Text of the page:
To make it easier for people to work flexibly, the committee recommends that the Government amends the Flexible Working Regulations 2014, to remove a 26 weeks’ service threshold for employees to request flexible working arrangements.
The report said: “The pandemic has clearly demonstrated that it is unhelpful and unnecessary.”
The report also said: “We are gravely concerned by evidence detailing potentially unlawful and discriminatory practices towards pregnant women and those on maternity leave during the pandemic.”
It added: “We urge the Government to introduce legislation in this Parliamentary session to extend redundancy protection to pregnant women and new mothers.”
Concerns were raised about some employed pregnant women or those on maternity leave being forced to take unpaid leave; forced to start maternity leave early; being placed on sick leave rather than furloughed; or refused furlough because they have childcare responsibilities and are not deemed to be working – in contrast to male colleagues with children.
Ms Nokes said: “As the pandemic struck, the Government had to act quickly to protect jobs and adapt welfare benefits.
“These have provided a vital safety net for millions of people. But it overlooked the labour market and caring inequalities faced by women.
“These are not a mystery, they are specific and well understood. And yet the Government has repeatedly failed to consider them. This passive approach to gender equality is not enough.
“And for many women it has made existing equality problems worse: in the support to self-employed people, to pregnant women and new mothers, to the professional childcare sector, and for women claiming benefits. And it risks doing the same in its plans for economic recovery.”
A TUC survey of 52,000 working mothers recently found that nine in 10 had experienced more anxiety and stress during the latest lockdowns.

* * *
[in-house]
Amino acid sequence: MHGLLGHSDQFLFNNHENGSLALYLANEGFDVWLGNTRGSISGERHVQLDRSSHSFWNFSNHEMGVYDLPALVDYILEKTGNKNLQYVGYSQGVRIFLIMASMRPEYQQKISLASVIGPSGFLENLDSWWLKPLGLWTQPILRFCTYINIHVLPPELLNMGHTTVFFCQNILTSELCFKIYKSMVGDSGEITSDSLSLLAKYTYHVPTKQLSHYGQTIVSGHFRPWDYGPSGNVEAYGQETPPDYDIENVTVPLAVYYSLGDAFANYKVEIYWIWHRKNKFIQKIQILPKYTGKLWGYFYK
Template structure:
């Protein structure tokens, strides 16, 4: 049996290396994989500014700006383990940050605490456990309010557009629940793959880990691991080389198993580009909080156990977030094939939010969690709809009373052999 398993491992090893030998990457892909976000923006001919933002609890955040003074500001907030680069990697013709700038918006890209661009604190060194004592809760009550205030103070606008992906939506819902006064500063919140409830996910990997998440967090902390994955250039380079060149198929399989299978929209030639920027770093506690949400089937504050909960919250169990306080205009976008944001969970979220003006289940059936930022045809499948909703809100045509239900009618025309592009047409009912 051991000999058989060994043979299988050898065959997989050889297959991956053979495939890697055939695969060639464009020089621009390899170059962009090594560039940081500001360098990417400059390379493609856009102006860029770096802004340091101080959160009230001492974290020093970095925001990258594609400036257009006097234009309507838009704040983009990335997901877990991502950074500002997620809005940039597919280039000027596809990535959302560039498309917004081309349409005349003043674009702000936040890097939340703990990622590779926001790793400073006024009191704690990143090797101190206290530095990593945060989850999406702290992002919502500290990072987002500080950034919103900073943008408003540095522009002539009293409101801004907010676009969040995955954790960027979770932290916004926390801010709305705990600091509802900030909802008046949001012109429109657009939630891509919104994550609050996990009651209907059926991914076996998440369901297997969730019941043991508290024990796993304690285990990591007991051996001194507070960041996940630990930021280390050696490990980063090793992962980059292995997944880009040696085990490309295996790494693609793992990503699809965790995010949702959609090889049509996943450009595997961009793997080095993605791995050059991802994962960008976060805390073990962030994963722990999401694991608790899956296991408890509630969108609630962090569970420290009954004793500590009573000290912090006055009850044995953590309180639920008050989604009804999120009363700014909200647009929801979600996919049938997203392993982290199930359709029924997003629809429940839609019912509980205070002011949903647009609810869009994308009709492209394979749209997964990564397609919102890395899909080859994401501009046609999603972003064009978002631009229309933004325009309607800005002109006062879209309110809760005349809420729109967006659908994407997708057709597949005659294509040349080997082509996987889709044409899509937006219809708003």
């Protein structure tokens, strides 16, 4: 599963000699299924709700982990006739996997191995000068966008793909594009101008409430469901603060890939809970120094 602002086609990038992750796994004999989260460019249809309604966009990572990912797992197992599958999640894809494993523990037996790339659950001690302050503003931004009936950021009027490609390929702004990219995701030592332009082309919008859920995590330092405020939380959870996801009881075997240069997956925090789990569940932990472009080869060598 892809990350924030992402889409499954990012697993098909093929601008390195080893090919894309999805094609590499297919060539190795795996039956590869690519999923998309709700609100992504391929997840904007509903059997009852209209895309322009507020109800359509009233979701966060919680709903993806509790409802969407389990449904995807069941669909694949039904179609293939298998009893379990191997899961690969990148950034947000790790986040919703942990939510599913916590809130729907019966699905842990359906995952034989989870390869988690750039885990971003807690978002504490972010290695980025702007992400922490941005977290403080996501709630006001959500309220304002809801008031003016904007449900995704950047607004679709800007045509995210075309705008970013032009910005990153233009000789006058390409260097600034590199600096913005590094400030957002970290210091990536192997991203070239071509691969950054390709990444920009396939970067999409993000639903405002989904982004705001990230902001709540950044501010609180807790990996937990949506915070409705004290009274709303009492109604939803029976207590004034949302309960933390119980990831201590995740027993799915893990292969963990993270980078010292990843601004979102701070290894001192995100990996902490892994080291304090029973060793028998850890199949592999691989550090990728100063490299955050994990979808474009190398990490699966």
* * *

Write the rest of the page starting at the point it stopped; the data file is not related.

Nearly three-quarters (71%) of those who had applied for furlough following the latest school closures had their requests turned down.
TUC general secretary Frances O’Grady said: “If ministers don’t act, women will be pushed out of the labour market. And that means women’s and children’s poverty will soar.
“Ministers must give all parents a temporary right to be furloughed now.
“And they must fix the UK’s lamentable support for working parents. That means giving all parents at least ten days’ paid parental leave each year, making real flexible working available to all, and funding childcare properly.
“Unless ministers strengthen rights and support for working parents, women’s equality risks being set back decades.”
A Government spokeswoman said: “Throughout the pandemic this Government has done whatever it takes to protect lives and livelihoods, and will continue to do so. We are safeguarding people’s jobs and incomes with economic schemes worth over £200 billion, including the self employment income scheme for the 1.7 million self-employed women in the UK.
“Covid-19 is prompting a culture shift with more people than ever before working flexibly, and the Government wants to harness that as we recover. By doing so, we could see more equal sharing of care work by parents, and more flexibility from employers, enabling us to unleash the potential of everyone across the country.”